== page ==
The agreement includes four misdemeanor due care violations of the Lacey Act and a single felony charge for entry of goods by means of false statements.  These violations, including the Class E felony, do not require the Company to have acted with a deliberate or willful intent to violate the law, and the Company did not stipulate that it acted with such a deliberate or willful intent.  Lumber Liquidators also has agreed to implement an Environmental Compliance Plan to ensure future compliance with the Lacey Act.

In addition, as previously disclosed, the Company determined in the second quarter of 2015 that there were Lacey Act compliance concerns related to a limited amount of its engineered hardwood flooring.  As a result, the Company suspended sales of approximately $4.1 million of this product pending further investigation, and brought this matter to the attention of the DOJ.  During its investigation, the Company determined that there were no compliance concerns with respect to approximately $0.9 million of the suspended engineered hardwood flooring.  As part of the agreement with the DOJ announced today, the Company also reached a settlement with the DOJ related to the remaining $3.2 million of suspended engineered hardwood flooring.  In the settlement, the DOJ will accept a $3.2 million payment in lieu of a civil forfeiture of this product, and the Company will be permitted to sell the suspended engineered hardwood flooring and retain any proceeds of the sale.  The Company reserved for the payment in the second quarter of 2015.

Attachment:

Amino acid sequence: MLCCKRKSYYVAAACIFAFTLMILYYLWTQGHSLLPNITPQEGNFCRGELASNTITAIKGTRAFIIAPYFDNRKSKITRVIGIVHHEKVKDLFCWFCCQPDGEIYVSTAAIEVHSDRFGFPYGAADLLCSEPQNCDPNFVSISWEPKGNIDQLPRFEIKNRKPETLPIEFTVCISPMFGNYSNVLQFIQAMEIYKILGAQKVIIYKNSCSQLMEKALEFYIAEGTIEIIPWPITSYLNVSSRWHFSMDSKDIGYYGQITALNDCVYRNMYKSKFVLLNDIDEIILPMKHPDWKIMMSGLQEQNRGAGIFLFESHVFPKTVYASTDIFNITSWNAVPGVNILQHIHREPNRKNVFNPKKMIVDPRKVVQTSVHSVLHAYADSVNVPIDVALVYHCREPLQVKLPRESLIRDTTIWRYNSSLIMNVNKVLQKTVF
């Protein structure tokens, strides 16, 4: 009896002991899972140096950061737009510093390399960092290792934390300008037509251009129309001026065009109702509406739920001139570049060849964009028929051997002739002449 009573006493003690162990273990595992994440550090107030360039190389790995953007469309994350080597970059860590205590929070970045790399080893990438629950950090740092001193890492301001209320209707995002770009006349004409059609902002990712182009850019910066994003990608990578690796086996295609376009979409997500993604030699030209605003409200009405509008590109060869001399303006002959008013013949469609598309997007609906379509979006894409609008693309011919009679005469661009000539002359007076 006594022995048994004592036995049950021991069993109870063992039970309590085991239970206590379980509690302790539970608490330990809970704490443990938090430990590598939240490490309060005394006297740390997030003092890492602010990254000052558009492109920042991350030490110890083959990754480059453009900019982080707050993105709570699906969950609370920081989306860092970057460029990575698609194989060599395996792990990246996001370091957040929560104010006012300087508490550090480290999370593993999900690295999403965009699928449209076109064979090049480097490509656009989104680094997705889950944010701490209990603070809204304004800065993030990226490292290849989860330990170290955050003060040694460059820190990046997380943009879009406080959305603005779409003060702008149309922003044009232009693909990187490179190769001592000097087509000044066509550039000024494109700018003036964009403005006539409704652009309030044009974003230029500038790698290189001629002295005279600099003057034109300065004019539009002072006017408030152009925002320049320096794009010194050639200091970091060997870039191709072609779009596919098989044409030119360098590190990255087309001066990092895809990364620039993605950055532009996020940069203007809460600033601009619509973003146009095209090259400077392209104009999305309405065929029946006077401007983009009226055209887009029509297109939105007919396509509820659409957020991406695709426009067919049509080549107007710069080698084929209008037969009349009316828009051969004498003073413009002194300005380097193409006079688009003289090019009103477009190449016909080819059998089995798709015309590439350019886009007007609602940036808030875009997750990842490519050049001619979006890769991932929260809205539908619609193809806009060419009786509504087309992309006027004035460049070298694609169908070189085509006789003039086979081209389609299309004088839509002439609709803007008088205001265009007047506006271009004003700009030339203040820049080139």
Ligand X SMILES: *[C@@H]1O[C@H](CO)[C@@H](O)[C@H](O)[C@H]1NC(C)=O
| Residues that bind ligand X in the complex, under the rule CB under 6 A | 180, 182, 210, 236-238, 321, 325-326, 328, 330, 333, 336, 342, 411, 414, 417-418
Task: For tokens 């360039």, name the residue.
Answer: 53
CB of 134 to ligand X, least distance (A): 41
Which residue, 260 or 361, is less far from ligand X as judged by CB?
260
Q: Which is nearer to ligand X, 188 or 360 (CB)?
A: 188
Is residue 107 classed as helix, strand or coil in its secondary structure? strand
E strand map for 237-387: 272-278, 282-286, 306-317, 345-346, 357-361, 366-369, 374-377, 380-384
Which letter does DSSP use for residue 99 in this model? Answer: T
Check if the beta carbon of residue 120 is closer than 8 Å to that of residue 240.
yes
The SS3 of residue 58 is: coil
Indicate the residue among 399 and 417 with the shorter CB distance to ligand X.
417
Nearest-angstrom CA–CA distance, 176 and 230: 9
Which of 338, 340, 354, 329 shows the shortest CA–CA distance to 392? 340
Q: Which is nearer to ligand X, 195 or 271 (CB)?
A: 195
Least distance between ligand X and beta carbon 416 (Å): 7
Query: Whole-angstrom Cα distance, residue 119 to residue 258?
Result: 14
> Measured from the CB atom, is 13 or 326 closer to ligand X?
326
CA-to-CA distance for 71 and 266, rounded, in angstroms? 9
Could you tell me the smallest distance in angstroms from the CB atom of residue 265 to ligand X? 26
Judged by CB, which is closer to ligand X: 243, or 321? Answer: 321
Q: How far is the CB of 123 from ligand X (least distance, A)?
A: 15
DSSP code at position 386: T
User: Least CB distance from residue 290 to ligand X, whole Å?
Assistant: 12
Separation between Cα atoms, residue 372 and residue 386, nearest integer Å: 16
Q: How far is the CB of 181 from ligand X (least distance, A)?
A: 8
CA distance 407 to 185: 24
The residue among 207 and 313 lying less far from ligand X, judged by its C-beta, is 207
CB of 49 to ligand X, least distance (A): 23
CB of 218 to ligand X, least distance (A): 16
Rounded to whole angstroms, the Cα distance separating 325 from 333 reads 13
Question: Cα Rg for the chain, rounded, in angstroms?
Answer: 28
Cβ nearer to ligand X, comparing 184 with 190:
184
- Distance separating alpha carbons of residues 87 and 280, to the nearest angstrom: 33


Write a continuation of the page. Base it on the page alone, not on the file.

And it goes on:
Both the $10.0 million payment related to the 2013 inquiry and the $3.2 million payment in lieu of civil forfeiture, which remain subject to court approval, will be paid in various phases over the next two years.  The Company does not believe the settlement or related payments will impact its ability to borrow under its asset-based revolving credit facility.

The Company is continuing to cooperate with other agencies, including the Consumer Product Safety Commission, CARB, Securities and Exchange Commission and U.S. Attorney’s Office for the Eastern District of Virginia, with respect to additional ongoing inquiries and legal proceedings unrelated to today’s announced settlement.

John M. Presley, Chairman of the Board of Directors, commented, “We are pleased to reach this agreement and resolve a legacy issue related to the Lacey Act.  We will continue to focus on strengthening Lumber Liquidators across every area of the organization and executing on our value proposition to improve operational efficiencies and deliver value to our stakeholders.”

“We appreciate the opportunity to have collaborated with the DOJ to develop an Environmental Compliance Plan, which we believe when fully implemented will be one of the strongest and most comprehensive in the industry,” said Jill Witter, Chief Compliance and Legal Officer.  “The program is designed to ensure an unbroken and verified chain of custody and documentation of our products from the store all the way to the forest.  We have invested significant time and resources to strengthen our quality assurance procedures, from enhanced protocols designed to verify licensing, certification and regulatory compliance as well as product sample testing.  We are also committed to strengthening our tools and training programs to encourage secure and anonymous reporting of any potential concerns.  We will continue to improve our procedures on an on-going basis and look forward to working with our suppliers to set the highest standards for sourcing of wood products in our industry.”